Archive for the ‘fallout library’ Category

Neil Strauss has already wandered deep down the rabbit hole I am currently exploring.  Many of the same conclusions I am reaching (for example how we are more likely to help rather than hurt each other when the SHTF)  are chapters in his book, Emergency: This Book will save your life.  While I have been exploring what one would need to know when society crumbles for the last 4 months, he spent 3 years doing this and wrote a book when he was finished.

If one is looking for a practical “How to guide” for surviving the end of the days then this book is not for you, perhaps How to Survive the End of the World as We Know It: Tactics, Techniques, and Technologies for Uncertain Times is a better choice for that.   But if one is looking for a journal of how goes about learning how to prepare or one wants to reflect on the lessons learned while prepping then this is a book worth reading.

Since reading it I have caught myself a couple of times thinking when blogging “Is this my observation or Strauss’s?”    He killed a goat, learned how to make a knife, was instructed on how to respond to a disaster, cooked a fish and survived a wet night in the woods.  However, these things he did are not as valuable to the reader as his reflections of what conclusions one reaches when one does these things.  For that reason, if nothing else, it is worth reading.

In the meantime, I am going to take a least one of his specific recommendations, which is to take a CERT (Community Emergency Response Team) class.

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I been reading Gardening When It Counts: Growing Food in Hard Times by Steve Solomon and frankly it just overwhelms me. 

After reading the watering section I am not sure if he is telling me to water more or water less.  I suppose one needs a little bit of a mathematical mind to follow his recommendations,  maybe having a mathematical mind is part of  a green thumb?     I wasn’t sure what he was talking about in the watering section, much less the composting or fertigation sections.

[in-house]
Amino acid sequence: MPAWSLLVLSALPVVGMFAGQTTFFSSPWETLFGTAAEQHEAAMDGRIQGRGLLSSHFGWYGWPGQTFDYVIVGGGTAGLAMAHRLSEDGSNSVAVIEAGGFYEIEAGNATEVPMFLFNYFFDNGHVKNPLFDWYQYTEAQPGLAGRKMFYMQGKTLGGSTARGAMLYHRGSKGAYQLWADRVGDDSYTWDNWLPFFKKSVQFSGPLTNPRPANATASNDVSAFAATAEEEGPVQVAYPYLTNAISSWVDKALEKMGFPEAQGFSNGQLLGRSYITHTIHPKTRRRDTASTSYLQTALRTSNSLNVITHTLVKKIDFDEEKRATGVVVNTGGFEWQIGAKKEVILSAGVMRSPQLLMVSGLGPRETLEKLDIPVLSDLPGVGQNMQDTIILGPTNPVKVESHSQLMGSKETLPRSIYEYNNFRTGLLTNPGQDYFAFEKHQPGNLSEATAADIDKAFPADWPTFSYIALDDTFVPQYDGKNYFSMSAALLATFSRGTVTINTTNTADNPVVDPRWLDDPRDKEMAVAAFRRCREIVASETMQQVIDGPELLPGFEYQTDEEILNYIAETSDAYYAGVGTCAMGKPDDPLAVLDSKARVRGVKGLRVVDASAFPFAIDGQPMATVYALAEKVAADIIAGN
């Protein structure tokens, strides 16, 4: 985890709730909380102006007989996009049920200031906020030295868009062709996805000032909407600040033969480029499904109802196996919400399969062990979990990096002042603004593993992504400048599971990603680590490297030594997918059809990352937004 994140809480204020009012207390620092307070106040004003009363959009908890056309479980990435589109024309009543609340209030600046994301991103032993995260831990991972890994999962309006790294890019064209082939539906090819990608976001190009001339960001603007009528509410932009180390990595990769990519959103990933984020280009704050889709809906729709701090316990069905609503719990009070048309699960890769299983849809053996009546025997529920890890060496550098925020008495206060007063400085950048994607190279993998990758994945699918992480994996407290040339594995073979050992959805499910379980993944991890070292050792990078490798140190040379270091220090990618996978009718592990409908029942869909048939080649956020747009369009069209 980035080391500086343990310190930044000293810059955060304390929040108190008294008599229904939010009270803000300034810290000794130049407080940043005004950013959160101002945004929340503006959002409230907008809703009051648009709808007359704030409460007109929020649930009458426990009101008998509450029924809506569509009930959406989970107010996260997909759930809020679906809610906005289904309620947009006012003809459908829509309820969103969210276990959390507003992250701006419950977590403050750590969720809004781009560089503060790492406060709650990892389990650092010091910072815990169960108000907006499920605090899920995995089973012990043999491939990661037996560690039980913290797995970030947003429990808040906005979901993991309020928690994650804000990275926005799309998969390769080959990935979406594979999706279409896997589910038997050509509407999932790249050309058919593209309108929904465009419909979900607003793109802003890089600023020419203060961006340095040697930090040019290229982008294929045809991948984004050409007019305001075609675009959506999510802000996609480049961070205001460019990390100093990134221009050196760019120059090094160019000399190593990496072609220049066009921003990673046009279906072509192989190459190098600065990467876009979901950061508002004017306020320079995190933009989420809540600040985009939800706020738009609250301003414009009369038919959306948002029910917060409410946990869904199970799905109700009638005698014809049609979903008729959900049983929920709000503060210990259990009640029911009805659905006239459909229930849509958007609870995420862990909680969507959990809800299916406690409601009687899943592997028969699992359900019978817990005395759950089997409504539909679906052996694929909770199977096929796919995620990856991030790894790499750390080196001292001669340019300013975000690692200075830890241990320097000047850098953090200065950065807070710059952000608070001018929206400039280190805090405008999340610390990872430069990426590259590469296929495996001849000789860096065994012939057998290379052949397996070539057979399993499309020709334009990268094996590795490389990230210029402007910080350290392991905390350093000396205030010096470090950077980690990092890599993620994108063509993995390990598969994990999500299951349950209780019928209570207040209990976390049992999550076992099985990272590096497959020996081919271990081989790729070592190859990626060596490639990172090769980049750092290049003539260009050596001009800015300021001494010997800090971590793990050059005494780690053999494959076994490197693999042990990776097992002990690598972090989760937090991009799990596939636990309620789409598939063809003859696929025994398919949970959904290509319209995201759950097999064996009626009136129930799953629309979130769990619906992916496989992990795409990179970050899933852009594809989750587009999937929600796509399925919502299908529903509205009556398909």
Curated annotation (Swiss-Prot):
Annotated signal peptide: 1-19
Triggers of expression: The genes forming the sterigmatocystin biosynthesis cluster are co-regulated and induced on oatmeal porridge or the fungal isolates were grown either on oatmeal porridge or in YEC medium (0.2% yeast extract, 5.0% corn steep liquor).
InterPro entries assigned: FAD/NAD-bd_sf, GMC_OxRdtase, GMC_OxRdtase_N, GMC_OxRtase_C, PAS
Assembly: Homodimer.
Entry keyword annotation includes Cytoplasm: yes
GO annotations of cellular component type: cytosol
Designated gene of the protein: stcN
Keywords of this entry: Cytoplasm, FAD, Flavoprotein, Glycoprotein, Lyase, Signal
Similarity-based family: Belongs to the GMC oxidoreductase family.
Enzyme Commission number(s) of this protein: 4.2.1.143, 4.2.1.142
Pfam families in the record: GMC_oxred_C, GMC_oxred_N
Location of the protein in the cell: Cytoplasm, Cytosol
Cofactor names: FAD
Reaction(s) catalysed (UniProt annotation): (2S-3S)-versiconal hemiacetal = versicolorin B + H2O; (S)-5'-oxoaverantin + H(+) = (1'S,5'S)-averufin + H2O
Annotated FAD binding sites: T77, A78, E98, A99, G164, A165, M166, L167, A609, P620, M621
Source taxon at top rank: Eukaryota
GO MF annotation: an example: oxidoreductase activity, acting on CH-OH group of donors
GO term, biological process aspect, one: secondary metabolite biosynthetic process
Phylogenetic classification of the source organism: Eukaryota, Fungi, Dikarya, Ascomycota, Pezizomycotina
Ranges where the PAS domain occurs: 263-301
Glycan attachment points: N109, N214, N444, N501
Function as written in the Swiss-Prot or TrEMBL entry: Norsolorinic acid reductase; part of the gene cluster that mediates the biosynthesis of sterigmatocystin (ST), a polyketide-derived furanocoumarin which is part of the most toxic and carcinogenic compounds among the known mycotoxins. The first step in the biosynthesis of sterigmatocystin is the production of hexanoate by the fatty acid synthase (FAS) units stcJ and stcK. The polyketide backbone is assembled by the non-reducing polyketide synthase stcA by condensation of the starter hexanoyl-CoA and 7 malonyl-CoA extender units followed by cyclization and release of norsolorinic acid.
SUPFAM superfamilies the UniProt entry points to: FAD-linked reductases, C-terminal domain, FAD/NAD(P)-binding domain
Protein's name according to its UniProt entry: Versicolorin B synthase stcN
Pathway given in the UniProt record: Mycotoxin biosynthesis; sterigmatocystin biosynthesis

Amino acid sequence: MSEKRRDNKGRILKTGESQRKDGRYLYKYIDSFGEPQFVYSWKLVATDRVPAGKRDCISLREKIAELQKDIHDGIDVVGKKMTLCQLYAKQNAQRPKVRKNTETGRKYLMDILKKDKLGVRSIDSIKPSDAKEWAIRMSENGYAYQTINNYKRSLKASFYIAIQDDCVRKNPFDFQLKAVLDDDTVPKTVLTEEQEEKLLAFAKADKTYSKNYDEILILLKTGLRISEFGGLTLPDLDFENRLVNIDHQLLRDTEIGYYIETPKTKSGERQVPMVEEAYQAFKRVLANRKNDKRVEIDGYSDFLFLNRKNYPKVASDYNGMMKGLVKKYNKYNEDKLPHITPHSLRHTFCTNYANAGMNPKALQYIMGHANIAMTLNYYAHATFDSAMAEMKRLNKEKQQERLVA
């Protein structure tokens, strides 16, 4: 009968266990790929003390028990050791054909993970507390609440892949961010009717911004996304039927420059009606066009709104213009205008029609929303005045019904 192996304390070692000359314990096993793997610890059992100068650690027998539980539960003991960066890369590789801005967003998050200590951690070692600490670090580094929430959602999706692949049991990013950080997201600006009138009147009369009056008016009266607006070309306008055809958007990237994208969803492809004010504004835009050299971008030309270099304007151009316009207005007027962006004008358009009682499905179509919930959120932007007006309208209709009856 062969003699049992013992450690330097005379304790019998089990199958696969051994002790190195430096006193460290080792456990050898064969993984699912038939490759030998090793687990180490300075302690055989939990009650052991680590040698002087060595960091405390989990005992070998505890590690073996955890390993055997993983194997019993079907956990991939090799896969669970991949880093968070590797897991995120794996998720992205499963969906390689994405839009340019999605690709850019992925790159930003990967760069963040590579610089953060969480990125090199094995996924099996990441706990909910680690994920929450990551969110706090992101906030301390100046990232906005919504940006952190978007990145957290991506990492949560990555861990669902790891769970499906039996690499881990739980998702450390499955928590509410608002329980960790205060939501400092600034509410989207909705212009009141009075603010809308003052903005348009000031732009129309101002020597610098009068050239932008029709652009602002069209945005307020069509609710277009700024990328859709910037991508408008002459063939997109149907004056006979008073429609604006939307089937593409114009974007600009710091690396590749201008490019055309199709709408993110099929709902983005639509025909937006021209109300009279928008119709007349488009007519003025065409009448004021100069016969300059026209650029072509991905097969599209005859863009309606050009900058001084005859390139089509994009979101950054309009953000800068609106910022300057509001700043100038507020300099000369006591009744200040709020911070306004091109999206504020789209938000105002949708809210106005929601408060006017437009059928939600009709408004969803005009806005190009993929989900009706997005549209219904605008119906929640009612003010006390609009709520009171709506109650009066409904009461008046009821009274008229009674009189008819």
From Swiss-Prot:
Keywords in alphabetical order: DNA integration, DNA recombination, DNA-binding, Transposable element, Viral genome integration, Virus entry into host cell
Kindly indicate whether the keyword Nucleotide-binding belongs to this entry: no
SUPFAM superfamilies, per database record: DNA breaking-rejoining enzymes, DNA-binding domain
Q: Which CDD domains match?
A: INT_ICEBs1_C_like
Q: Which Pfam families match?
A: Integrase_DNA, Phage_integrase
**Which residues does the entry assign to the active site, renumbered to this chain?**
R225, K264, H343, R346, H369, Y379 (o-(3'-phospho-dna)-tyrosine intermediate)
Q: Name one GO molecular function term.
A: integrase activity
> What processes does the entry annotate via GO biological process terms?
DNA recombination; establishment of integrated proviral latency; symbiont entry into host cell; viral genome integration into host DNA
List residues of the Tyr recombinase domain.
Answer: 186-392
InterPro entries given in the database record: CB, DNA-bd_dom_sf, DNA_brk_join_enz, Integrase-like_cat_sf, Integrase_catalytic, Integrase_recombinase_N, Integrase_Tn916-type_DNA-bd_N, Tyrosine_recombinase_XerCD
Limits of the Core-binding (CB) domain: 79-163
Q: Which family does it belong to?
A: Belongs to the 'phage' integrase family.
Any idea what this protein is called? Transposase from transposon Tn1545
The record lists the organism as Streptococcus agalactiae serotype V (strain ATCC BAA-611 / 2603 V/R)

I believe my soil in Phoenix is Clay, and he doesn’t seem to think it is worth growing in clay.  This makes me sad.  The reviews on Amazon.com for the book are mixed, some feel as I do, while others strongly recommend reading the book a second time in order to get everything to sink in. 

I did like the idea of making a compost-tea and then use a drip method on the plants.   That might be a good project for the weekend.

Below: A less-than succesful experiment of using an old pallet to make a slightly raised bed.

gunsandgardens 023

Fall Out Library

Posted: February 19, 2011 in books, fallout library

The books I currently would most like to add to my Fall Out Library.

Reader’s digest “Back to basics” the older the edition the better.

The SAS survival manual

How to Survive the End of the World as We Know It: Tactics, Techniques, and Technologies for Uncertain Times by James Wesley Rawles

Where There Is No Doctor: A Village Health Care Handbook by David Werner

Tappan on Survival by Mel Tappan (considered the “Classic” of this genre

Gardening When It Counts: Growing Food in Hard Times by Steve Solomon

Books are heavy. Libraries are worth having. At some point after society breaks down I will probably most have likely to wander at some point and carry all of my shit.  Again books are heavy. To be willing to sacrifice the energy needed to carry it’s weight the book better include some useful knowledge and a lot of it.

From my current bookshelf I only think I got two books that could meet that criteria. One because it is lightweight. One because of the content per ounce.

First, is the “Marine Battle Skills Training Handbook: Individual Combat Basic Tasks”. Best book to have in a pinch. Hands down. At some point one better be prepared to kill after the apocalypse. Just don’t practice the skills too late.

Second is by Paul Tawrell, Camping and Wilderness Survival. It is a bit thick and heavy, when considering whether it is worth its weight in water or dried beans. But it has how to trap an animal for every sort of climate on planet earth. Which is useful , because one does not know what the weather will be like after millions have died. It could be colder or maybe hotter. My guess is on colder.

After extensive internet searching it looks like the next book I should study is Emergency: This Book Will Save Your life to pick up some skills. Even though the author, Neil Strauss is seen as a sleazeball by some because of his other books of how to pick up some skills.

Also recommended by friends is Reader’s Digest: Back to Basics, which I have their construction book and I like it.  Very clear and straight.  This looks like a good solid book.

Above: Not a useful book for the Apocalypse.